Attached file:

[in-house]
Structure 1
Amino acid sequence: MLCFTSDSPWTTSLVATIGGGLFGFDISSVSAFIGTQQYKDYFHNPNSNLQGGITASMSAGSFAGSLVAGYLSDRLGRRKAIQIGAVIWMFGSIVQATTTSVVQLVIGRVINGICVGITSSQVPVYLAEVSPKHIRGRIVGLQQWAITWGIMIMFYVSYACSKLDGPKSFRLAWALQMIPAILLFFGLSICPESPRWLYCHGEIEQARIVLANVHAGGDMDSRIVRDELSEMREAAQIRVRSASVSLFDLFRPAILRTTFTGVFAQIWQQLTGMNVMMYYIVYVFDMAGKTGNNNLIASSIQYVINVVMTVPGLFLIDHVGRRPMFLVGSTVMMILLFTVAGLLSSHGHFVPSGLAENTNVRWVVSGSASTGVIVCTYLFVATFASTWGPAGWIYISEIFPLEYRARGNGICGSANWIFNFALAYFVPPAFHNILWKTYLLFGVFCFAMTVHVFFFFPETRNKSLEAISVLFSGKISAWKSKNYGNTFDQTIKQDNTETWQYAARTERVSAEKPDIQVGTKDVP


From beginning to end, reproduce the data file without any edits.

[in-house]
Structure 1
Amino acid sequence: MLCFTSDSPWTTSLVATIGGGLFGFDISSVSAFIGTQQYKDYFHNPNSNLQGGITASMSAGSFAGSLVAGYLSDRLGRRKAIQIGAVIWMFGSIVQATTTSVVQLVIGRVINGICVGITSSQVPVYLAEVSPKHIRGRIVGLQQWAITWGIMIMFYVSYACSKLDGPKSFRLAWALQMIPAILLFFGLSICPESPRWLYCHGEIEQARIVLANVHAGGDMDSRIVRDELSEMREAAQIRVRSASVSLFDLFRPAILRTTFTGVFAQIWQQLTGMNVMMYYIVYVFDMAGKTGNNNLIASSIQYVINVVMTVPGLFLIDHVGRRPMFLVGSTVMMILLFTVAGLLSSHGHFVPSGLAENTNVRWVVSGSASTGVIVCTYLFVATFASTWGPAGWIYISEIFPLEYRARGNGICGSANWIFNFALAYFVPPAFHNILWKTYLLFGVFCFAMTVHVFFFFPETRNKSLEAISVLFSGKISAWKSKNYGNTFDQTIKQDNTETWQYAARTERVSAEKPDIQVGTKDVP